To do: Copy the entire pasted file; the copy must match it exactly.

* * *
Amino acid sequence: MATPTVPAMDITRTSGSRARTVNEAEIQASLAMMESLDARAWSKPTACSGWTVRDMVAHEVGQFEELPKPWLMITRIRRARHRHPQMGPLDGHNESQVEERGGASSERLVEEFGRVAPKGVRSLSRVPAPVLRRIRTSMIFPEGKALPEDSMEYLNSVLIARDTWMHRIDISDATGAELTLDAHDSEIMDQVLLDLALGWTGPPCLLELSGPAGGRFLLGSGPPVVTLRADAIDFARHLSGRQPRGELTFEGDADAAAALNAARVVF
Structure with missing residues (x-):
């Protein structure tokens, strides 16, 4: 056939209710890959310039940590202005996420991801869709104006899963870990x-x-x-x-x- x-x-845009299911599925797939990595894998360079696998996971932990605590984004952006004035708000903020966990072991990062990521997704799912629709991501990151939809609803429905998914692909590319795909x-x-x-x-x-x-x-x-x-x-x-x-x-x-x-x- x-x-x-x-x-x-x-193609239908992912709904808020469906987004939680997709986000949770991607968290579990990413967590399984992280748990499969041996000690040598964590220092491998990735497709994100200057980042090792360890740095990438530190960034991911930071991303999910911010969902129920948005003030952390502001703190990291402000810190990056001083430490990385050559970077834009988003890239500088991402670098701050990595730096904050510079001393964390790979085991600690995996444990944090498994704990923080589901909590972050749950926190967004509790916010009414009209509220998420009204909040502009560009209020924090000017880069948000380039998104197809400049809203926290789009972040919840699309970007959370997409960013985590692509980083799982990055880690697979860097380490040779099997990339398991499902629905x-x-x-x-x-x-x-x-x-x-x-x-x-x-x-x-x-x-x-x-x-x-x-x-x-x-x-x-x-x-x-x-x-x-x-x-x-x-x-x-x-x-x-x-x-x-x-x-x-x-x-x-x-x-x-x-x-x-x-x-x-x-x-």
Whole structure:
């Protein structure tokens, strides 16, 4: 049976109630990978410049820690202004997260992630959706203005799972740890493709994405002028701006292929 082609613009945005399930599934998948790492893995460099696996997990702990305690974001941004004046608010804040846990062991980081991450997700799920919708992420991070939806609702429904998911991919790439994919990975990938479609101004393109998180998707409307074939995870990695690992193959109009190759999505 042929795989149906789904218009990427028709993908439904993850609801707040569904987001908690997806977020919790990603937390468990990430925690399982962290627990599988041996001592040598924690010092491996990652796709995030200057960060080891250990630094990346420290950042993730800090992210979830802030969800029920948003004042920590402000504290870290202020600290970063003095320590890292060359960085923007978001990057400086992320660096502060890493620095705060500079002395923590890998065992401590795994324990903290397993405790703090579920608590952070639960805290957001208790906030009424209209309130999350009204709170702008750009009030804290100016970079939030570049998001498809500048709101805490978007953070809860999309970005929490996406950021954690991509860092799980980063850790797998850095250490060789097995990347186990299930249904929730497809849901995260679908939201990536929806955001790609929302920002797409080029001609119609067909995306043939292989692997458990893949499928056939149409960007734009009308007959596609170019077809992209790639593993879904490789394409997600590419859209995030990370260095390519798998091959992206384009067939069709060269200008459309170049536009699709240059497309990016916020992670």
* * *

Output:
Amino acid sequence: MATPTVPAMDITRTSGSRARTVNEAEIQASLAMMESLDARAWSKPTACSGWTVRDMVAHEVGQFEELPKPWLMITRIRRARHRHPQMGPLDGHNESQVEERGGASSERLVEEFGRVAPKGVRSLSRVPAPVLRRIRTSMIFPEGKALPEDSMEYLNSVLIARDTWMHRIDISDATGAELTLDAHDSEIMDQVLLDLALGWTGPPCLLELSGPAGGRFLLGSGPPVVTLRADAIDFARHLSGRQPRGELTFEGDADAAAALNAARVVF
Structure with missing residues (x-):
């Protein structure tokens, strides 16, 4: 056939209710890959310039940590202005996420991801869709104006899963870990x-x-x-x-x- x-x-845009299911599925797939990595894998360079696998996971932990605590984004952006004035708000903020966990072991990062990521997704799912629709991501990151939809609803429905998914692909590319795909x-x-x-x-x-x-x-x-x-x-x-x-x-x-x-x- x-x-x-x-x-x-x-193609239908992912709904808020469906987004939680997709986000949770991607968290579990990413967590399984992280748990499969041996000690040598964590220092491998990735497709994100200057980042090792360890740095990438530190960034991911930071991303999910911010969902129920948005003030952390502001703190990291402000810190990056001083430490990385050559970077834009988003890239500088991402670098701050990595730096904050510079001393964390790979085991600690995996444990944090498994704990923080589901909590972050749950926190967004509790916010009414009209509220998420009204909040502009560009209020924090000017880069948000380039998104197809400049809203926290789009972040919840699309970007959370997409960013985590692509980083799982990055880690697979860097380490040779099997990339398991499902629905x-x-x-x-x-x-x-x-x-x-x-x-x-x-x-x-x-x-x-x-x-x-x-x-x-x-x-x-x-x-x-x-x-x-x-x-x-x-x-x-x-x-x-x-x-x-x-x-x-x-x-x-x-x-x-x-x-x-x-x-x-x-x-």
Whole structure:
């Protein structure tokens, strides 16, 4: 049976109630990978410049820690202004997260992630959706203005799972740890493709994405002028701006292929 082609613009945005399930599934998948790492893995460099696996997990702990305690974001941004004046608010804040846990062991980081991450997700799920919708992420991070939806609702429904998911991919790439994919990975990938479609101004393109998180998707409307074939995870990695690992193959109009190759999505 042929795989149906789904218009990427028709993908439904993850609801707040569904987001908690997806977020919790990603937390468990990430925690399982962290627990599988041996001592040598924690010092491996990652796709995030200057960060080891250990630094990346420290950042993730800090992210979830802030969800029920948003004042920590402000504290870290202020600290970063003095320590890292060359960085923007978001990057400086992320660096502060890493620095705060500079002395923590890998065992401590795994324990903290397993405790703090579920608590952070639960805290957001208790906030009424209209309130999350009204709170702008750009009030804290100016970079939030570049998001498809500048709101805490978007953070809860999309970005929490996406950021954690991509860092799980980063850790797998850095250490060789097995990347186990299930249904929730497809849901995260679908939201990536929806955001790609929302920002797409080029001609119609067909995306043939292989692997458990893949499928056939149409960007734009009308007959596609170019077809992209790639593993879904490789394409997600590419859209995030990370260095390519798998091959992206384009067939069709060269200008459309170049536009699709240059497309990016916020992670």